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SpaceX and Starlink: How they're involved in latest breakthrough in Bible translation

Papua New Guinea Bible Translations Continue Despite Violence
Two women with copies of the New Testament in their own language. |

The people in Sima’s tiny village on the side of the mountain in South Asia work hard to provide for themselves, and for each other. They are a small community that lives on little. As a Bible translator in her spare time, Sima makes the 2-hour trek through the jungle with her baby and her laptop to reach a small town that has an internet café. There, she has just enough bandwidth to send a text with updates.

Sima knows something that few in her village know: that God is going to meet them through His Word. What she may not yet know is that this may happen sooner rather than later thanks to the latest technology of low-earth satellites.

Nearly 600 years ago the Bible went to press with less than 200 copies in distribution but something big had happened—the Gutenberg Printing Press was born. Today, over 100 million copies of the Bible are printed every single year. Thirteen years ago, the most popular Bible reading app, YouVersion, brought God’s Word to even more people—this time in digital form. Last year, the app saw a record 600 million searches.

Sima’s neighbors are among the 1.5 billion who don’t have a full Bible in their language. In fact, 167 million people have no Scripture in their language.

Bible translation has always been integral to God’s mission. Because of those who translated, most of us in the United States have access to God’s Word in our heart language. But many of us forget—or maybe aren’t aware—that others have been left behind.

For hundreds of years up until now, the translation process has been slow and tedious, sometimes taking more than ten years to get God’s Word translated into a heart language. Today, that is changing. God is on the move through terms like high speed and low latency.

And because of that, Sima and millions of others will have access to God’s Word in their heart language at an exponential pace. Bible poverty will finally be eradicated.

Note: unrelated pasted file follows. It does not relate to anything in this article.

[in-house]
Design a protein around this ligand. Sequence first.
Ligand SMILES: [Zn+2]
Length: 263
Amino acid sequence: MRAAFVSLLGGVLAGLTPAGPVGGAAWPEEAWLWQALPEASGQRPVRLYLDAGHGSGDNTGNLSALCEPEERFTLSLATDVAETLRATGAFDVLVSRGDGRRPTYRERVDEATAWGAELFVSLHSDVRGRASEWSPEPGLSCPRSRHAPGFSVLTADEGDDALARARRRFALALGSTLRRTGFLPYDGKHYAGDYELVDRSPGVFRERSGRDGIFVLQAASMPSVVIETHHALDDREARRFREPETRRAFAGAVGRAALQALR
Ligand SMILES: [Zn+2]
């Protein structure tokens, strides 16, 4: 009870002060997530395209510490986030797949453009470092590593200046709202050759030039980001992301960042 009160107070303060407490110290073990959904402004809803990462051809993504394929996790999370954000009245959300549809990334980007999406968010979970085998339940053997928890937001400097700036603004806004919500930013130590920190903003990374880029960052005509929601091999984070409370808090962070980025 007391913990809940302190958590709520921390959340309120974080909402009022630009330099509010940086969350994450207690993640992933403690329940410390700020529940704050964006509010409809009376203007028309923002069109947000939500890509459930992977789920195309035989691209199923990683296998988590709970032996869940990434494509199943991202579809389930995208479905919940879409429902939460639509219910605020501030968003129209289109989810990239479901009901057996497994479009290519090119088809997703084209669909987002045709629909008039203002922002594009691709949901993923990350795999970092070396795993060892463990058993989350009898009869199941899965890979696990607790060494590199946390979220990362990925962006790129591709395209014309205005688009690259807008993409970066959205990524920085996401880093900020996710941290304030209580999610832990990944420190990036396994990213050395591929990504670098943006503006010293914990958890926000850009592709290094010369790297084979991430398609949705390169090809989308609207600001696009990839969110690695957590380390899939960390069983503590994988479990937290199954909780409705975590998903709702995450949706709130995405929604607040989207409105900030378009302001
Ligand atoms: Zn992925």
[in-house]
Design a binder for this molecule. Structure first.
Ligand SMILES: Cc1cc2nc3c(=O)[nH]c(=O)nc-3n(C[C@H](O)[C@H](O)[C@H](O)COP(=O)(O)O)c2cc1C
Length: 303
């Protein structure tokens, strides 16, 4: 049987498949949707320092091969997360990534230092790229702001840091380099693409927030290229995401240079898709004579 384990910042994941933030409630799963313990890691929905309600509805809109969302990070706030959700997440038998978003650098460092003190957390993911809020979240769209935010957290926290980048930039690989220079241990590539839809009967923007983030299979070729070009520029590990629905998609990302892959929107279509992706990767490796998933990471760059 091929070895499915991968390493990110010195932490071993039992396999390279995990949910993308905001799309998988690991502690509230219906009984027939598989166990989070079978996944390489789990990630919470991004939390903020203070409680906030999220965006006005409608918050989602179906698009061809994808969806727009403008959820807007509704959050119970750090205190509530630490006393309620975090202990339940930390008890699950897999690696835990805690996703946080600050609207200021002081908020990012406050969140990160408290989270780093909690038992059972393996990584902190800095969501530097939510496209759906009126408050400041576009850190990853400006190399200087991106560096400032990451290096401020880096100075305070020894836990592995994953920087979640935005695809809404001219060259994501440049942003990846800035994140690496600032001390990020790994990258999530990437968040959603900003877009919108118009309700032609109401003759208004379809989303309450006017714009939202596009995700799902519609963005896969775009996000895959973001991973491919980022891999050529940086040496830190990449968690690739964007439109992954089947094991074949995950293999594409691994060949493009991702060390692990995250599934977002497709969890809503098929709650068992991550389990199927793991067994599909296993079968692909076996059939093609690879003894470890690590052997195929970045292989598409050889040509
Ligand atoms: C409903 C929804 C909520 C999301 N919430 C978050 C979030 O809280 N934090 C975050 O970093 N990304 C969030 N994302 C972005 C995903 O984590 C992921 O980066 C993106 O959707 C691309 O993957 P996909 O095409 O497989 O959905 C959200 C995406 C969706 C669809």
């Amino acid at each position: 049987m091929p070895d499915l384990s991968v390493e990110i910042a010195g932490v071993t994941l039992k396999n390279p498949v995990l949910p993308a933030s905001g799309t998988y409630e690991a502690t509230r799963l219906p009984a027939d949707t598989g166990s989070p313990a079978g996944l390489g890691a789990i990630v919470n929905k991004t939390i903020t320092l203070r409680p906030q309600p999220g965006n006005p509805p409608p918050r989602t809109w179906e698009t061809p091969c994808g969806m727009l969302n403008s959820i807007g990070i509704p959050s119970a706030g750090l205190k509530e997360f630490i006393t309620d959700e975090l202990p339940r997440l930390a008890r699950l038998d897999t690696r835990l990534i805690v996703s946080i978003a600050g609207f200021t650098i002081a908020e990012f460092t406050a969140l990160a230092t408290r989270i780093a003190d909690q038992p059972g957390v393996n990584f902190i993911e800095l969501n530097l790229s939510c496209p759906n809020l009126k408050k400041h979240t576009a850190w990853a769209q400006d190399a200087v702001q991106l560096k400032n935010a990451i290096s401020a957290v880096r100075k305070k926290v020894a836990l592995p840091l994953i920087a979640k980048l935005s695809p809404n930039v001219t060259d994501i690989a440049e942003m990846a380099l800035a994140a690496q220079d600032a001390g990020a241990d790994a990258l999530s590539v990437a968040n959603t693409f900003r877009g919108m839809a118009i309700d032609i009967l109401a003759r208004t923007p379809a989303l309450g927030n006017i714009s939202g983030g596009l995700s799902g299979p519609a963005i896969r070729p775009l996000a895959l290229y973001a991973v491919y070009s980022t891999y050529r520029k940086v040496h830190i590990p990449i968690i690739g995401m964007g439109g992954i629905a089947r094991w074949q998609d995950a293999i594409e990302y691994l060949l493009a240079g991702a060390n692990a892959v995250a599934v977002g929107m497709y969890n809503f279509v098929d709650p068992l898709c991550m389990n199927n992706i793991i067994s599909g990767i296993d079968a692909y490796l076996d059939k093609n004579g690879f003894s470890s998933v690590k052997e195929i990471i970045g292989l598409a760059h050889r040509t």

No, this is not the Jetsons—that fictitious and magical animated sitcom where George Jetson and his family experienced travel in whimsical ways. We can’t teleport across the world in person. But we can still instantly be there—a reality that will allow Scripture to finally be translated more efficiently and quickly into every language which still does not have it.

Enter Starlink satellites by SpaceX—low-earth satellites about the size of a refrigerator that are rapidly allowing those in every nook and cranny of this world to be connected to high-speed internet. For many in rural, remote contexts, this means access to education and healthcare and family resources. And it means access to the only hope that transcends the harsh realities of our world—God’s Word.

For decades, countless Bible translators have labored tirelessly to translate Scripture into languages all over the globe. They knew what God meant when they read that “God wants all people to be saved and to come to a knowledge of the truth” (1 Timothy 2:4). Like Sima, they would travel by foot for miles just to connect to the internet.

Many still do, because unlike those in more developed countries, many in remote areas have no access to the internet. The biggest hurdle to Bible translation is not a lack of desire. It’s a lack of internet connectivity. Without this, the translation process is long and laborious; consultants and Bible software are critical to the process, and without either easily accessible, translation projects languish, and hope is deferred.

Five years ago, I couldn’t have dreamed that we would have in our sights the possibility to get God’s Word into every heart language within just a few years. But God is on the move through low-earth satellites and other technologies that speed the process.

God used the Gutenberg Press. And radio. And television. And computers and smartphones and apps. “How long, O Lord?” many of us have asked as we have longed for the day when all would have access to God’s Word. Today, in the near distance, if you listen long enough, you may just hear a rumbling that sounds something like, “Soon…”

In the latest technological marvel, Wycliffe Bible Translators has designed a unique network device called Nomad that allows our Bible translation databases to utilize the newly-launched SpaceX low-earth satellites. Developed by Wycliffe missionaries, Nomad is an entire network including server, storage, firewall, and a commercial access point that allows up to 150 people to use the wireless network at the same time. It also fits in a durable, compact travel case that can be carried easily on the back of a motorcycle or bicycle. It can connect to any internet service and the equipment is designed to withstand the high temperatures, humidity, and dusty environments often found in the remote parts of the world where Bible translation projects need to happen. 

Now, rather than making a difficult and lengthy trek every few months transporting translation documents and hard drives from a remote area to the nearest city with WiFi, translators can simply upload their translation progress digitally from rural locations. Consultants can check translation work daily instead of making long and sometimes dangerous flights into remote villages once or twice per year.

God, through His Word, is coming to every darkened part of this world, and He is using space satellites. Communities will be changed for the better as those like Sima’s finally have equal access to the wonders of Scripture just as many have had for hundreds of years.

It is time. May the whole earth be filled with God’s glory (Psalm 72:19)!

Andrew Flemming is the Wycliffe Bible Translators VP for Global Partnerships.

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